Republicans in Congress have blocked new money for the effort so they can use its failure as a winning issue in the 2014 congressional midterm election campaign. House Republicans just voted to repeal the law in what was their 37th attempt to kill or defund some part of it.

Reuters spoke to several government officials, including Simas, about the implementation drive.

The objective is to "surround" low-income young adults with messaging about the healthcare benefits by tapping channels more apt to reach them: cable television, radio, churches, Facebook, Twitter, YouTube, online chat rooms and youth-oriented magazines. The White House and HHS are also in discussions with celebrities, sports leagues and franchises that may be willing to help promote coverage.

The Spanish-language cable networks Univision, Telemundo and impreMedia are already considering a nationwide expansion of their joint media program, which has been praised by Obama, to advocate for healthcare reform in California. The three news competitors have agreed with a private healthcare foundation, called the California Endowment, to encourage Latinos to enroll in the state's health insurance exchange by sponsoring print, television, radio and Web-based promotions.

One White House official said the youth-targeting strategy was so important to the success of enrollment that if it didn't work, none of the larger efforts would make a difference.

The Affordable Care Act (ACA) - widely referred to as Obamacare by many Americans - has already begun to bring fundamental changes to the $2.8 trillion healthcare system through a series of reforms aimed at lowering out-of-pocket costs, improving access to preventive care and encouraging new healthcare business models intended to restrain cost growth.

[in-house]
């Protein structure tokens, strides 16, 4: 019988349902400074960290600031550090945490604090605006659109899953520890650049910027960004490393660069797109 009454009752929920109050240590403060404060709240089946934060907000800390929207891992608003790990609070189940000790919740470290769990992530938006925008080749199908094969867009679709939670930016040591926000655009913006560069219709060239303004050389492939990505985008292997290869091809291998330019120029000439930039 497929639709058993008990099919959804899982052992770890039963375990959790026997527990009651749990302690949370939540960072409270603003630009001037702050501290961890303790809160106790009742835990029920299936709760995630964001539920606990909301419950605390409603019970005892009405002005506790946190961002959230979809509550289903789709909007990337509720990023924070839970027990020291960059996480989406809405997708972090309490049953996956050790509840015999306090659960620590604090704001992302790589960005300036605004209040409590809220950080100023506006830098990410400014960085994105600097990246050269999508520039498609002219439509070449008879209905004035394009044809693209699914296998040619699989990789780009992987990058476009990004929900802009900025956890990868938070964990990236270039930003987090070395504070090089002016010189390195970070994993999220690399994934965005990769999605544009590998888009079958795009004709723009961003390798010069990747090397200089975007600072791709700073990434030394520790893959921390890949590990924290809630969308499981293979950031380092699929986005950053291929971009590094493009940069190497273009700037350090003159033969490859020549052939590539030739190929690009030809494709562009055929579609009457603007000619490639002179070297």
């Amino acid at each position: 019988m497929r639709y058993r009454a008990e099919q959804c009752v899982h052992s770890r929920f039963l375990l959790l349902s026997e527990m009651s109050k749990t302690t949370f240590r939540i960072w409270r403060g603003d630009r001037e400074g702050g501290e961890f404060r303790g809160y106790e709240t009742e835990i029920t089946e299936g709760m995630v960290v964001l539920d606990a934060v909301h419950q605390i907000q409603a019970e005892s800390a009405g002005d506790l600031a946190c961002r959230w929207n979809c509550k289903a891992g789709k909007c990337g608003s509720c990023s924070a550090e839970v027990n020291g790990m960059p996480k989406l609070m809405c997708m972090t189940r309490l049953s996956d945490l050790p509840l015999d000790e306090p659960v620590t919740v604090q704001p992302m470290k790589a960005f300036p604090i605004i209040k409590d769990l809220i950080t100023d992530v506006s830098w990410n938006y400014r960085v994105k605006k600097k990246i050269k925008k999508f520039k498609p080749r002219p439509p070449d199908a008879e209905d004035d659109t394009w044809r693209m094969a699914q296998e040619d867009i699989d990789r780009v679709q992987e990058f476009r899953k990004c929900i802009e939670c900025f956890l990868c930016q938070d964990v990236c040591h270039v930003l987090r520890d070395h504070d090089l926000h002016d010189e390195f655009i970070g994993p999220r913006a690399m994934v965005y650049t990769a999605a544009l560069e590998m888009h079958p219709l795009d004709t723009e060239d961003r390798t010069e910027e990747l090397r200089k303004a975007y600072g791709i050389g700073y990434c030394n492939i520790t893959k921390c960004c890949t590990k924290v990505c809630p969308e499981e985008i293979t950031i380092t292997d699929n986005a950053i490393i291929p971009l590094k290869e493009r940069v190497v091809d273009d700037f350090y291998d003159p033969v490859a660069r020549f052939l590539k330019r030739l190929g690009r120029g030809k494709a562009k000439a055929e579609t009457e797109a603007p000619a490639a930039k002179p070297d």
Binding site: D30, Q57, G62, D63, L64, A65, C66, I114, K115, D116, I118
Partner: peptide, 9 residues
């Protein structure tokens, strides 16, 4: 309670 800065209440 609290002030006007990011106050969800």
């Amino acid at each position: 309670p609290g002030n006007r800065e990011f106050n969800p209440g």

Beginning Oct. 1, the law will also begin offering subsidized health coverage to millions of low-to-moderate income people through the online state-insurance marketplaces and an expansion of the Medicaid program for the poor in states that accept the provision. Coverage begins Jan. 1, when the law takes full effect, and individuals who don't have it will face a penalty that begins at $95 in 2014, rising to 2.5 percent of annual income in 2016.

The government aspires to sign up 7 million uninsured and under-insured Americans in the first year of reform.

No Hard Sell

Obama has avoided the bully pulpit since signing the healthcare legislation into law, according to former advisers who concluded that strong public opposition would not begin to change until after the reforms became tangible.

But the president has made two public appearances over the past month to explain the ACA benefits. During the Oct. 1-to-March 31 enrollment period, he will do more, though sticking with the soft sell, said administration officials.

Critics complain the White House has adopted too low a profile on health reform so far, and fear the effort to explain to a skeptical and in many cases misinformed public is coming too late to persuade them that participation is a good thing.

One of the most prominent recent critics has had a change of heart. Democrat Max Baucus, chairman of the Senate Finance Committee, sounded the alarm in April about how few details were shared with Congress about outreach efforts. He warned of a coming "train wreck" if the administration were to fail to enroll enough Americans for coverage.

The comment, which was zealously seized upon by healthcare reform's Republican foes, clearly worried the White House. Since then, Chief of Staff Denis McDonough has taken on a more prominent behind-the-scenes role by holding meetings every two weeks with Baucus on healthcare. He chats as often by phone with HHS Secretary Kathleen Sebelius.